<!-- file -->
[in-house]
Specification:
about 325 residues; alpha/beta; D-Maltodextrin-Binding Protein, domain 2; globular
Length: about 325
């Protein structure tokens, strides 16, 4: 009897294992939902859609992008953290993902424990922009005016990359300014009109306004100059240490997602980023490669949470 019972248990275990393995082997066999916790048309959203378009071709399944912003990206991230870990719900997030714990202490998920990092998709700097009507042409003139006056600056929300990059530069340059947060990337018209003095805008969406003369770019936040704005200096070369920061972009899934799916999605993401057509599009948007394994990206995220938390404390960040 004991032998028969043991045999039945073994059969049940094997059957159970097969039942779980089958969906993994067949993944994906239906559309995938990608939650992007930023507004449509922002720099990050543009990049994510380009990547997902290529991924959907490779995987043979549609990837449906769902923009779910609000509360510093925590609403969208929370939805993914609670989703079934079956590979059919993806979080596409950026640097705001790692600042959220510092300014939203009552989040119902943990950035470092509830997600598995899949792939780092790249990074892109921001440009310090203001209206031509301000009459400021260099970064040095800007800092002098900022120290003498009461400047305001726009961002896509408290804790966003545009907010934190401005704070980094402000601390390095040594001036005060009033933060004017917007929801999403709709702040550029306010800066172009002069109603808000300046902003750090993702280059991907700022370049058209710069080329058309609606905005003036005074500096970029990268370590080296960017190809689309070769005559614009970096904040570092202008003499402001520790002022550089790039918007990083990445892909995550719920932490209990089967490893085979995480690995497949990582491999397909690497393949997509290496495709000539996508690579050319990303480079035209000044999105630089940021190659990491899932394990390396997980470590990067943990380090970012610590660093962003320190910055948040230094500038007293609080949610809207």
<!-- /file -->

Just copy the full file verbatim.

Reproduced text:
[in-house]
Specification:
about 325 residues; alpha/beta; D-Maltodextrin-Binding Protein, domain 2; globular
Length: about 325
């Protein structure tokens, strides 16, 4: 009897294992939902859609992008953290993902424990922009005016990359300014009109306004100059240490997602980023490669949470 019972248990275990393995082997066999916790048309959203378009071709399944912003990206991230870990719900997030714990202490998920990092998709700097009507042409003139006056600056929300990059530069340059947060990337018209003095805008969406003369770019936040704005200096070369920061972009899934799916999605993401057509599009948007394994990206995220938390404390960040 004991032998028969043991045999039945073994059969049940094997059957159970097969039942779980089958969906993994067949993944994906239906559309995938990608939650992007930023507004449509922002720099990050543009990049994510380009990547997902290529991924959907490779995987043979549609990837449906769902923009779910609000509360510093925590609403969208929370939805993914609670989703079934079956590979059919993806979080596409950026640097705001790692600042959220510092300014939203009552989040119902943990950035470092509830997600598995899949792939780092790249990074892109921001440009310090203001209206031509301000009459400021260099970064040095800007800092002098900022120290003498009461400047305001726009961002896509408290804790966003545009907010934190401005704070980094402000601390390095040594001036005060009033933060004017917007929801999403709709702040550029306010800066172009002069109603808000300046902003750090993702280059991907700022370049058209710069080329058309609606905005003036005074500096970029990268370590080296960017190809689309070769005559614009970096904040570092202008003499402001520790002022550089790039918007990083990445892909995550719920932490209990089967490893085979995480690995497949990582491999397909690497393949997509290496495709000539996508690579050319990303480079035209000044999105630089940021190659990491899932394990390396997980470590990067943990380090970012610590660093962003320190910055948040230094500038007293609080949610809207």